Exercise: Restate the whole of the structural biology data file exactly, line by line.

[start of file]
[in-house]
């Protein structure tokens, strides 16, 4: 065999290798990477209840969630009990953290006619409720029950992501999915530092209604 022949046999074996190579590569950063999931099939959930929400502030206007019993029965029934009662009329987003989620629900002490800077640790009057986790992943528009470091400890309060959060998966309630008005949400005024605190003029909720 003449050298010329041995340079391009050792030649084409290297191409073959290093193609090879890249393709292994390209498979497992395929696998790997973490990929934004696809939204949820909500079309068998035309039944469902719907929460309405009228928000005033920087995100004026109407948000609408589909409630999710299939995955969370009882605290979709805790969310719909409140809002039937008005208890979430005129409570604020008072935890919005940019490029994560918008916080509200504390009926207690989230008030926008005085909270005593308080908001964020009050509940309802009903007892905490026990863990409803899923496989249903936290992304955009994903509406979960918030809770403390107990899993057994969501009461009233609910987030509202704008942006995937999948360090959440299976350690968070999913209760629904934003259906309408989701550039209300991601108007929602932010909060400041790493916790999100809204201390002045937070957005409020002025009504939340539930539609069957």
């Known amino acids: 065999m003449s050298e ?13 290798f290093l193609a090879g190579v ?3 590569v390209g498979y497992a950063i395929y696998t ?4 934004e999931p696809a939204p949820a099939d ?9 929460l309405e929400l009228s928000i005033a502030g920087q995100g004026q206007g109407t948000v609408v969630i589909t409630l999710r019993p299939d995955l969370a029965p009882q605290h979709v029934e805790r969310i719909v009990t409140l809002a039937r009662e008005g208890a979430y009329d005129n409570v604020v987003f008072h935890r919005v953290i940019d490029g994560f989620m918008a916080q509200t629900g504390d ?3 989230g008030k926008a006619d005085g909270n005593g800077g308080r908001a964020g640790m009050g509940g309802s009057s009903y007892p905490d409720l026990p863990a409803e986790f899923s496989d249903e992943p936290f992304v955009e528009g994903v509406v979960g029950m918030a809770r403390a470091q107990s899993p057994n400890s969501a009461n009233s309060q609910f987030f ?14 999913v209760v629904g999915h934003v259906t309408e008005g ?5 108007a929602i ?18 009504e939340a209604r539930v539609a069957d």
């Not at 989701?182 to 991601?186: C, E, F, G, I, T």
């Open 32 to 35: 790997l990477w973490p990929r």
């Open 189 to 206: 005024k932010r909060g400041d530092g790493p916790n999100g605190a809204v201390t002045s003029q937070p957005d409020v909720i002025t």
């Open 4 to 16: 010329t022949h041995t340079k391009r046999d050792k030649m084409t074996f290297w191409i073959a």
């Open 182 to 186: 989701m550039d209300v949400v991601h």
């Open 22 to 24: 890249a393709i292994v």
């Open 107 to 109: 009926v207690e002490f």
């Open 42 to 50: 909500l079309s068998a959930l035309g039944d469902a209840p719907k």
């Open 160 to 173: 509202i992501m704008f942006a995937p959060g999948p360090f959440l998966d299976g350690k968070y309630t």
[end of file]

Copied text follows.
[in-house]
């Protein structure tokens, strides 16, 4: 065999290798990477209840969630009990953290006619409720029950992501999915530092209604 022949046999074996190579590569950063999931099939959930929400502030206007019993029965029934009662009329987003989620629900002490800077640790009057986790992943528009470091400890309060959060998966309630008005949400005024605190003029909720 003449050298010329041995340079391009050792030649084409290297191409073959290093193609090879890249393709292994390209498979497992395929696998790997973490990929934004696809939204949820909500079309068998035309039944469902719907929460309405009228928000005033920087995100004026109407948000609408589909409630999710299939995955969370009882605290979709805790969310719909409140809002039937008005208890979430005129409570604020008072935890919005940019490029994560918008916080509200504390009926207690989230008030926008005085909270005593308080908001964020009050509940309802009903007892905490026990863990409803899923496989249903936290992304955009994903509406979960918030809770403390107990899993057994969501009461009233609910987030509202704008942006995937999948360090959440299976350690968070999913209760629904934003259906309408989701550039209300991601108007929602932010909060400041790493916790999100809204201390002045937070957005409020002025009504939340539930539609069957």
């Known amino acids: 065999m003449s050298e ?13 290798f290093l193609a090879g190579v ?3 590569v390209g498979y497992a950063i395929y696998t ?4 934004e999931p696809a939204p949820a099939d ?9 929460l309405e929400l009228s928000i005033a502030g920087q995100g004026q206007g109407t948000v609408v969630i589909t409630l999710r019993p299939d995955l969370a029965p009882q605290h979709v029934e805790r969310i719909v009990t409140l809002a039937r009662e008005g208890a979430y009329d005129n409570v604020v987003f008072h935890r919005v953290i940019d490029g994560f989620m918008a916080q509200t629900g504390d ?3 989230g008030k926008a006619d005085g909270n005593g800077g308080r908001a964020g640790m009050g509940g309802s009057s009903y007892p905490d409720l026990p863990a409803e986790f899923s496989d249903e992943p936290f992304v955009e528009g994903v509406v979960g029950m918030a809770r403390a470091q107990s899993p057994n400890s969501a009461n009233s309060q609910f987030f ?14 999913v209760v629904g999915h934003v259906t309408e008005g ?5 108007a929602i ?18 009504e939340a209604r539930v539609a069957d």
């Not at 989701?182 to 991601?186: C, E, F, G, I, T």
């Open 32 to 35: 790997l990477w973490p990929r």
């Open 189 to 206: 005024k932010r909060g400041d530092g790493p916790n999100g605190a809204v201390t002045s003029q937070p957005d409020v909720i002025t």
């Open 4 to 16: 010329t022949h041995t340079k391009r046999d050792k030649m084409t074996f290297w191409i073959a």
């Open 182 to 186: 989701m550039d209300v949400v991601h």
């Open 22 to 24: 890249a393709i292994v």
């Open 107 to 109: 009926v207690e002490f």
């Open 42 to 50: 909500l079309s068998a959930l035309g039944d469902a209840p719907k």
């Open 160 to 173: 509202i992501m704008f942006a995937p959060g999948p360090f959440l998966d299976g350690k968070y309630t």